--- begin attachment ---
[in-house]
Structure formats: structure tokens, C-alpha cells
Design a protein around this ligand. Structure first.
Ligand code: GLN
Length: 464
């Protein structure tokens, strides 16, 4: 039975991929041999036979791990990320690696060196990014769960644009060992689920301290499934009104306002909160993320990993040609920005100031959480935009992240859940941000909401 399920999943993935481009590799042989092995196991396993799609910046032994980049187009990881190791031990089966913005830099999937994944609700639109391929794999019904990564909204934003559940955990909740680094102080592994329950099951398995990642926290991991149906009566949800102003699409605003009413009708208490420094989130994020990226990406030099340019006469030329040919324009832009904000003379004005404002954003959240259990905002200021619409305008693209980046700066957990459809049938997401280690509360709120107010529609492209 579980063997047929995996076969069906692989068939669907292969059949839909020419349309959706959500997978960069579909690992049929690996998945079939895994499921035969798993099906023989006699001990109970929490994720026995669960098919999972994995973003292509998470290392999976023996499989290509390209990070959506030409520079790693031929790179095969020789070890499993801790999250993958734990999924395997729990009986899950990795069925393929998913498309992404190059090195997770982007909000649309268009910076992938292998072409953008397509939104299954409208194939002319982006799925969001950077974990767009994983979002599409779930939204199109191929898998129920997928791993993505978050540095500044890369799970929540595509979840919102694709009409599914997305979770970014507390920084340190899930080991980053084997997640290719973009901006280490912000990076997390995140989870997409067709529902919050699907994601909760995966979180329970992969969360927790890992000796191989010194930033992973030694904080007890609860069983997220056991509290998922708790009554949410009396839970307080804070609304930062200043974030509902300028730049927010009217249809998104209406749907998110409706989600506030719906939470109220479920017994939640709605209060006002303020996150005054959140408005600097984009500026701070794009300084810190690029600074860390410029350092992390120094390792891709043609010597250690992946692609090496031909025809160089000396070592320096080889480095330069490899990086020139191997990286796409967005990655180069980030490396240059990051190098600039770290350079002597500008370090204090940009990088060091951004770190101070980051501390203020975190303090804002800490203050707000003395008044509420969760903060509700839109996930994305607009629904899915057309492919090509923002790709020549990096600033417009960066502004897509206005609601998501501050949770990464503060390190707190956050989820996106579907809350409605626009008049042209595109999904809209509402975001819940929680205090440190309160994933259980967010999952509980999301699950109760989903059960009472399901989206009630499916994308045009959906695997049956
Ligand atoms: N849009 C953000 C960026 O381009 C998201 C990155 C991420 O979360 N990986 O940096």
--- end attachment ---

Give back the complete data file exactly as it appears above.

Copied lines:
[in-house]
Structure formats: structure tokens, C-alpha cells
Design a protein around this ligand. Structure first.
Ligand code: GLN
Length: 464
């Protein structure tokens, strides 16, 4: 039975991929041999036979791990990320690696060196990014769960644009060992689920301290499934009104306002909160993320990993040609920005100031959480935009992240859940941000909401 399920999943993935481009590799042989092995196991396993799609910046032994980049187009990881190791031990089966913005830099999937994944609700639109391929794999019904990564909204934003559940955990909740680094102080592994329950099951398995990642926290991991149906009566949800102003699409605003009413009708208490420094989130994020990226990406030099340019006469030329040919324009832009904000003379004005404002954003959240259990905002200021619409305008693209980046700066957990459809049938997401280690509360709120107010529609492209 579980063997047929995996076969069906692989068939669907292969059949839909020419349309959706959500997978960069579909690992049929690996998945079939895994499921035969798993099906023989006699001990109970929490994720026995669960098919999972994995973003292509998470290392999976023996499989290509390209990070959506030409520079790693031929790179095969020789070890499993801790999250993958734990999924395997729990009986899950990795069925393929998913498309992404190059090195997770982007909000649309268009910076992938292998072409953008397509939104299954409208194939002319982006799925969001950077974990767009994983979002599409779930939204199109191929898998129920997928791993993505978050540095500044890369799970929540595509979840919102694709009409599914997305979770970014507390920084340190899930080991980053084997997640290719973009901006280490912000990076997390995140989870997409067709529902919050699907994601909760995966979180329970992969969360927790890992000796191989010194930033992973030694904080007890609860069983997220056991509290998922708790009554949410009396839970307080804070609304930062200043974030509902300028730049927010009217249809998104209406749907998110409706989600506030719906939470109220479920017994939640709605209060006002303020996150005054959140408005600097984009500026701070794009300084810190690029600074860390410029350092992390120094390792891709043609010597250690992946692609090496031909025809160089000396070592320096080889480095330069490899990086020139191997990286796409967005990655180069980030490396240059990051190098600039770290350079002597500008370090204090940009990088060091951004770190101070980051501390203020975190303090804002800490203050707000003395008044509420969760903060509700839109996930994305607009629904899915057309492919090509923002790709020549990096600033417009960066502004897509206005609601998501501050949770990464503060390190707190956050989820996106579907809350409605626009008049042209595109999904809209509402975001819940929680205090440190309160994933259980967010999952509980999301699950109760989903059960009472399901989206009630499916994308045009959906695997049956
Ligand atoms: N849009 C953000 C960026 O381009 C998201 C990155 C991420 O979360 N990986 O940096």